Then you edit.
This is what I say to my students over and over:
1. If you are writing, you’re a writer. Period.
2. Forget perfection and go for glorious fecundity: fill the page, with your editor turned off.
3. After you’ve no more to say on the subject or story, turn on your editor.
4. You have two hats: writer and editor. The first has to happen before the second goes to work.
5. Be wild! Be unrestrained on the page!
6. Editing can do wonders to bring shape and form to writing. But it cannot work with a blank page.
Many times, students who tell me they suffer writer’s block are afraid to tell their truth on the page. I understand. I’m still struggling with an issue or two I haven’t yet been able to handle. But I’ll get there. You will, too, if you keep writing. If it takes therapy, that’s a good idea.
Our greatest works often came through trauma. Alice Walker wrote on this subject beautifully, as did Audre Lorde. Maya Angelou wrote I Know Why the Caged Bird Sings because she lived it. Toni Morrison dove deep into African American history and channeled family stories to arrive at Beloved. James Baldwin, nearly all of his work, for heaven’s sake, is steeped in tragedy. Mary Karr has also written about another kind of trauma. Sue William Silverman is the queen of writing difficult stories. Look them up.
It’s no accident that some of our great writing on trauma came from Black people, but every person, even the white stay-at-home mom with 1.5 kids and a middle class income, has conflict and tension in their lives. That conflict, that tension, is the hook on which many stories are built. I love Tayari Jones’ An American Marriage, because, yes, it has trauma, but she writes against the poor Black folks stereotype, and there is also joy in her story.
This is not to discourage you from writing joy. Joy is the other side of our will to live. Both are needed in our literature, as in our lives. But some tension attends even the greatest joy, because that’s the nature of our world. While I am sipping coffee with foamy milk and eating a bagel, someone else is suffering, is dying, and not that far from me. How I process that fact is everything. Sometimes we snatch joy from the jaws of trauma, so trauma does not win.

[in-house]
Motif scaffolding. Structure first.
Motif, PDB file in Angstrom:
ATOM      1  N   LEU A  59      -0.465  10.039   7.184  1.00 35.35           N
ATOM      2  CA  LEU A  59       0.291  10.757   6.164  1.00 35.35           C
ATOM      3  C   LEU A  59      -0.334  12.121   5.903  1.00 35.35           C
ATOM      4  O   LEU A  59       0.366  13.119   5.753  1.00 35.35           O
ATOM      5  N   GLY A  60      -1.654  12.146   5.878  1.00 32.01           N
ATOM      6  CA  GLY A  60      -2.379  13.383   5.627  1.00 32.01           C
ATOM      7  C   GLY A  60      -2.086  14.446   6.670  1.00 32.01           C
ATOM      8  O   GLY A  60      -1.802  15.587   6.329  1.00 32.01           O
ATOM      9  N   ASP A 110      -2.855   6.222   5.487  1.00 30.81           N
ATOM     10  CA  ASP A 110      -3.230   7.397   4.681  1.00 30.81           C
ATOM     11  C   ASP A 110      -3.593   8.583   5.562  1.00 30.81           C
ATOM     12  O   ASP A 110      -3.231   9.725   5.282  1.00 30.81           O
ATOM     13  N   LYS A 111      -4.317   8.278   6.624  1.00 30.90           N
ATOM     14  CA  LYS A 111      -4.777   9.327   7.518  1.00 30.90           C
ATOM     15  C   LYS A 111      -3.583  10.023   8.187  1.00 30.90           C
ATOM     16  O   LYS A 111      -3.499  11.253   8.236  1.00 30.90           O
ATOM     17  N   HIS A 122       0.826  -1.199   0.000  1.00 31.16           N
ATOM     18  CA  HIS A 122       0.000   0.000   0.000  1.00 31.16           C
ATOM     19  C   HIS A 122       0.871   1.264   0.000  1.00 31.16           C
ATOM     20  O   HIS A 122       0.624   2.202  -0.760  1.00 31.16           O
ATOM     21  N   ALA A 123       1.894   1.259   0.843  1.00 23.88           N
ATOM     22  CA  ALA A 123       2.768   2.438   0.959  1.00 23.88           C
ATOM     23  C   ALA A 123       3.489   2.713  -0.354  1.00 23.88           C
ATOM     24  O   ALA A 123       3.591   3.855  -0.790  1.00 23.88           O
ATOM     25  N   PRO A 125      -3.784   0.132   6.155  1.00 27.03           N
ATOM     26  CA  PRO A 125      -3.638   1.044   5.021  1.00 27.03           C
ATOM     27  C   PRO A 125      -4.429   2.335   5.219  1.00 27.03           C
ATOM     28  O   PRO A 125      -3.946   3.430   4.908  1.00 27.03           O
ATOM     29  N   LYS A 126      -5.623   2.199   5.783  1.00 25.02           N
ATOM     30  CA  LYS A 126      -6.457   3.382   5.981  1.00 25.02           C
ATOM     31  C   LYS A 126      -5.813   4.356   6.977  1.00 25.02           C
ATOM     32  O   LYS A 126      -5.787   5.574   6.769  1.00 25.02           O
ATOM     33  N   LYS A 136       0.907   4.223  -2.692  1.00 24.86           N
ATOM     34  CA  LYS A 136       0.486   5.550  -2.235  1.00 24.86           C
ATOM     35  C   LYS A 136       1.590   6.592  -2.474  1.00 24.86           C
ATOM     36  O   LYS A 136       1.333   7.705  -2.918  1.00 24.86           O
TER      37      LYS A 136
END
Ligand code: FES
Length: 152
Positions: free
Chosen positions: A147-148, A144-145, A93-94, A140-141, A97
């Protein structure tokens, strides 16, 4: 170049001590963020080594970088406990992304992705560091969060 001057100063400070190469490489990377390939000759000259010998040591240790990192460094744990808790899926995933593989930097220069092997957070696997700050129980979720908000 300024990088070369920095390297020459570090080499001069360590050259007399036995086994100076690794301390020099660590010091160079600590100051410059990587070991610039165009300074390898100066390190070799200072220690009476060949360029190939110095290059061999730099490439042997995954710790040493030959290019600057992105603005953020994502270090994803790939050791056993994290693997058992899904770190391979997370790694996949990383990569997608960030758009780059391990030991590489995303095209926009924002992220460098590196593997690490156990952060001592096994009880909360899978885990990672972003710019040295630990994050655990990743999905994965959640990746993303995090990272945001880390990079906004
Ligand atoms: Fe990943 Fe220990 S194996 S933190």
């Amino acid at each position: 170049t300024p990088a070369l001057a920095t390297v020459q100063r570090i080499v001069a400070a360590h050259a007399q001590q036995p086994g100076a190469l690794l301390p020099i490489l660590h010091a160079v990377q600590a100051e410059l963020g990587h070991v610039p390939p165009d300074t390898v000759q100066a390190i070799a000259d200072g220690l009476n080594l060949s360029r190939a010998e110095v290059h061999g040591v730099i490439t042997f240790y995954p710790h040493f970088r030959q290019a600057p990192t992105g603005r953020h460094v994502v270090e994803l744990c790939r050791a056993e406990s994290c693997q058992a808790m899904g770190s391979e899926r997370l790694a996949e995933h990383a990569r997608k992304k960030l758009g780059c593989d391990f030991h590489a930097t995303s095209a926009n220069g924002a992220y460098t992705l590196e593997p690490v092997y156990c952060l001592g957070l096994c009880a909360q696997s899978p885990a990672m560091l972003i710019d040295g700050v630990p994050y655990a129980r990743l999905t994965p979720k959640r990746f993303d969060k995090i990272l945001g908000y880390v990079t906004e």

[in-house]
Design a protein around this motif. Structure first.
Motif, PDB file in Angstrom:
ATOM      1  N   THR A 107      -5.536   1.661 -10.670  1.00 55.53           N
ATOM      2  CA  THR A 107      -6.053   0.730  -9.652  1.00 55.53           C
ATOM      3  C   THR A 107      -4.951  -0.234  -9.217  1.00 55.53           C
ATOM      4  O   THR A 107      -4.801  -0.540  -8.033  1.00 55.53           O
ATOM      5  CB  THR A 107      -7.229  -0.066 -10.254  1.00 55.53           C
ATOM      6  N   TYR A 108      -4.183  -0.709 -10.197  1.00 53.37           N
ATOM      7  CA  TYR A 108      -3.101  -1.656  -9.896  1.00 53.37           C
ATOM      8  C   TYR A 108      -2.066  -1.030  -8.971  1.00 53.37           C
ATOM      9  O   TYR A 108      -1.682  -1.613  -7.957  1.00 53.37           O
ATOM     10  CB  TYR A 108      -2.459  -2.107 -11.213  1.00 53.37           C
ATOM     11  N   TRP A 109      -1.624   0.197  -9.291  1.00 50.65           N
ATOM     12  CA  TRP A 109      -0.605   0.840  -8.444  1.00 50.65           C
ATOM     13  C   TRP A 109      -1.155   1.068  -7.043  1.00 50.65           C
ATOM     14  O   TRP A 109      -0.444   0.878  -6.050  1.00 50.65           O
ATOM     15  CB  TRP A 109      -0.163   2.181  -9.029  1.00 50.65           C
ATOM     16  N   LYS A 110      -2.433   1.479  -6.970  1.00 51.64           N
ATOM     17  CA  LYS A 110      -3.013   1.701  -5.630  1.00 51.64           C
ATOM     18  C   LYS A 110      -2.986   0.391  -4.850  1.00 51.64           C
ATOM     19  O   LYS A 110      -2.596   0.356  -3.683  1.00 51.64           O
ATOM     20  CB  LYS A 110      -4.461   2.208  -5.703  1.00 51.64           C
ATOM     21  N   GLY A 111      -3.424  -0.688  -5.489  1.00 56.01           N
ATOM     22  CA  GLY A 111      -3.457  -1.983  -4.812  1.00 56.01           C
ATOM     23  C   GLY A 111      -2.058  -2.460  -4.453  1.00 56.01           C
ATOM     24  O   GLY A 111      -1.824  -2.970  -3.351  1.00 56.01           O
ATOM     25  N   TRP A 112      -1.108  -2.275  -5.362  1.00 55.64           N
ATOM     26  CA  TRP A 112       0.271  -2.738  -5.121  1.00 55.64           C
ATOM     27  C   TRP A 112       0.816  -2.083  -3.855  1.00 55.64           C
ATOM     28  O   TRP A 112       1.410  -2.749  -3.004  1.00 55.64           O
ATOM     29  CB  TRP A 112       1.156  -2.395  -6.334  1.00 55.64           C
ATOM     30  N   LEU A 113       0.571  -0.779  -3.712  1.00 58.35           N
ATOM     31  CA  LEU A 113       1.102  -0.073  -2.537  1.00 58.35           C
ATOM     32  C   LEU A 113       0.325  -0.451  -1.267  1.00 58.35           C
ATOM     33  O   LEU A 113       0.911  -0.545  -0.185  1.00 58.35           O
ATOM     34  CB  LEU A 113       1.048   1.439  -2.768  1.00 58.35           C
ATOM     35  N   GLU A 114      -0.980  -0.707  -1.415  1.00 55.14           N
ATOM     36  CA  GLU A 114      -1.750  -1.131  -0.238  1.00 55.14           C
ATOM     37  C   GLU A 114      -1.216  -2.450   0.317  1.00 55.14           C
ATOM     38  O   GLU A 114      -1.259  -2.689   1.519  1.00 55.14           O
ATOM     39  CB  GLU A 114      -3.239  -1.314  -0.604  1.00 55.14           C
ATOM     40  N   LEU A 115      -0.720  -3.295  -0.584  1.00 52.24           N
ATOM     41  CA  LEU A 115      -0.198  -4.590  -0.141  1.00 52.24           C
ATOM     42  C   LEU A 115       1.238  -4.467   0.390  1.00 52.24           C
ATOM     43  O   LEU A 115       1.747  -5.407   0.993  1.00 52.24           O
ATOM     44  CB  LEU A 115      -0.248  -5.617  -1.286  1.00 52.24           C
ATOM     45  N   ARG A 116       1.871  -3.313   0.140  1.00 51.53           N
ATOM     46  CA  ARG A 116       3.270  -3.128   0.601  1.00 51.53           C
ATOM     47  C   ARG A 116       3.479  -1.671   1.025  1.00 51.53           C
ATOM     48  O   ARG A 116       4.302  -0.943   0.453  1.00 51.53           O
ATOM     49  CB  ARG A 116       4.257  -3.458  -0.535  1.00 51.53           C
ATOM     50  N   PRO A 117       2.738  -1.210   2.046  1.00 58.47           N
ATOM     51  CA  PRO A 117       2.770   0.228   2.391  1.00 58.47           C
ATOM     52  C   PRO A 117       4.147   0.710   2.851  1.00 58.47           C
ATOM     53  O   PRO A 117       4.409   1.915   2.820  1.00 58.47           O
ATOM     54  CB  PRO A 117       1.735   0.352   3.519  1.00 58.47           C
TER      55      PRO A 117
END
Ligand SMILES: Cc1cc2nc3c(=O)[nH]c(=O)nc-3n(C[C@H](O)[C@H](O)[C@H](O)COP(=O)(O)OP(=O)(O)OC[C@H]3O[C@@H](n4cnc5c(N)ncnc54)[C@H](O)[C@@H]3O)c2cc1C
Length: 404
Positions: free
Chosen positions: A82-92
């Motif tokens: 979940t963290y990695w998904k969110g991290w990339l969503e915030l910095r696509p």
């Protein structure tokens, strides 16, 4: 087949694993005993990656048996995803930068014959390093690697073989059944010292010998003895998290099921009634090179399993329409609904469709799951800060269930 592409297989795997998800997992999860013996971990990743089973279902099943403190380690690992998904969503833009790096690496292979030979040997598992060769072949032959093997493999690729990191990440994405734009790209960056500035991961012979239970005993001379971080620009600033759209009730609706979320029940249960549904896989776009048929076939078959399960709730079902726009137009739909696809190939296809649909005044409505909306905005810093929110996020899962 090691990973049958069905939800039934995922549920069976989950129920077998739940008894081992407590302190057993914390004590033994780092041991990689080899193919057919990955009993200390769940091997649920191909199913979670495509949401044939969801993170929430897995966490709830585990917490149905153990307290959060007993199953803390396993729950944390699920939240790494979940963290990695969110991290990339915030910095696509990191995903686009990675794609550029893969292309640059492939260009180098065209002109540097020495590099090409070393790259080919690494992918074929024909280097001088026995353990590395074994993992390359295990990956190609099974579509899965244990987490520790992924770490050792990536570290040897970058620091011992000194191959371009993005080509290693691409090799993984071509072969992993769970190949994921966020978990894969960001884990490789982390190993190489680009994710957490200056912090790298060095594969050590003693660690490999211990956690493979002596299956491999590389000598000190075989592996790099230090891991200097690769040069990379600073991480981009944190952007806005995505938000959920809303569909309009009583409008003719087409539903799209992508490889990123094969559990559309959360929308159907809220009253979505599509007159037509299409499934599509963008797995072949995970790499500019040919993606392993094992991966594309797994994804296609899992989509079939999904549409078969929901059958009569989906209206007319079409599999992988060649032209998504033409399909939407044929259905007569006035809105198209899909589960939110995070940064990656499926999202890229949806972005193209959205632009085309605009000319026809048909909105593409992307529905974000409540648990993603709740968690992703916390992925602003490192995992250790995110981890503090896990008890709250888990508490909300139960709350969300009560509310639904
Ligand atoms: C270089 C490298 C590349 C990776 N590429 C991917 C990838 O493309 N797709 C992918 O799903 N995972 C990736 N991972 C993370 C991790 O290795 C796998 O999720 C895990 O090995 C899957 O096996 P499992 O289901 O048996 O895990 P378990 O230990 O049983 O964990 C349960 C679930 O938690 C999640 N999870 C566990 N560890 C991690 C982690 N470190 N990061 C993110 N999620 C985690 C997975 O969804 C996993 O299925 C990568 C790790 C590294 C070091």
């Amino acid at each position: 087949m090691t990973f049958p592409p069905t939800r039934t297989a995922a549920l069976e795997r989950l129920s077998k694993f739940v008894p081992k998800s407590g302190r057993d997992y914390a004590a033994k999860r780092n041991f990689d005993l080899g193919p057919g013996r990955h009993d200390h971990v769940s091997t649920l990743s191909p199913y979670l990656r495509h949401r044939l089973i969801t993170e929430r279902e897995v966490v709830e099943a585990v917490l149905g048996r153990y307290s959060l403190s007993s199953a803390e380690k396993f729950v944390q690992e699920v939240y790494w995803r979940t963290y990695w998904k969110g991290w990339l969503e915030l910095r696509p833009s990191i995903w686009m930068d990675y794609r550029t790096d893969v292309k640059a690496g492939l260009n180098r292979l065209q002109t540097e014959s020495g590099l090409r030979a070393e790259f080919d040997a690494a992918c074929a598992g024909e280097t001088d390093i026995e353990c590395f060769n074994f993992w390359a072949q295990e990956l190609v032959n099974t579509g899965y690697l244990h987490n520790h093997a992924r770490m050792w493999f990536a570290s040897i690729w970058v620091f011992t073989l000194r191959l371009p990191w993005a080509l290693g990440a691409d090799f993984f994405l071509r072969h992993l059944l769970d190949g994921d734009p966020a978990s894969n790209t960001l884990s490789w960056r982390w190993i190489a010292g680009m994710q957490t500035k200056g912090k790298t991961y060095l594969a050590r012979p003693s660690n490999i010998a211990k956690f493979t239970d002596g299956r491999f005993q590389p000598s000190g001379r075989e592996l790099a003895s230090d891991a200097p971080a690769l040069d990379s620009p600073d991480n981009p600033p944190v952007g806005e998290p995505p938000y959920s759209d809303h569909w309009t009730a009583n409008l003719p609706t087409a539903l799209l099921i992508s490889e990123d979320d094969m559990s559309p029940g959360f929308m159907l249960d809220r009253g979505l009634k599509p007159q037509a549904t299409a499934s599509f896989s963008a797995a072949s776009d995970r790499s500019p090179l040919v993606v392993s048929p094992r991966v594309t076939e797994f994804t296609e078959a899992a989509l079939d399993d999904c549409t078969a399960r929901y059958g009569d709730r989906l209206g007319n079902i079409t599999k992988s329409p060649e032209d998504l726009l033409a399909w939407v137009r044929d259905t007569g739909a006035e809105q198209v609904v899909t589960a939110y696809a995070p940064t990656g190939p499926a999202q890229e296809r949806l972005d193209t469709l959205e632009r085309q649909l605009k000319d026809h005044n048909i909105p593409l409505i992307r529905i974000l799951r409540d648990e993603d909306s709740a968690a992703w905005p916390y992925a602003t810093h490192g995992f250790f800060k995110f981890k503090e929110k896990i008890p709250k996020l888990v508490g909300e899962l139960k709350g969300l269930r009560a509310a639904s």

This is all to say—write the whole story, as best you can.
Getting your story down, even if it’s difficult, is a fabulous feeling. When I wrote the scene in Eve’s Garden in which Evangeline dies in childbirth, I walked the floor for weeks at all hours, wrestling with my memories of my own mother’s stories about her first pregnancy, which ended tragically, though not in her death (which had been close at hand). Evangeline’s story is the flip side of my mother’s story, a tragic tale that happens to many women the world over and is happening before our eyes right now due to the Supreme Court’s Dobbs decision overturning Roe v. Wade.
Whatever you’re dealing with, take the time you need to get it down and get all the help you need while processing it.
I know you have it in you.
Write the outside edge first. Then work toward the center. What’s the big idea? Whatever it is, commit to it, rake over its coals for the tiniest spark, and make the page sing it.
Turn yourself inside out on the page! You’ll be glad you did, and someone out there needs to hear it.
If you have a favorite story that you find incredible, that you can hardly believe could be written, let us know in the comments below. We all need inspiration!
Love and all the angels in heaven help you. I’m out.
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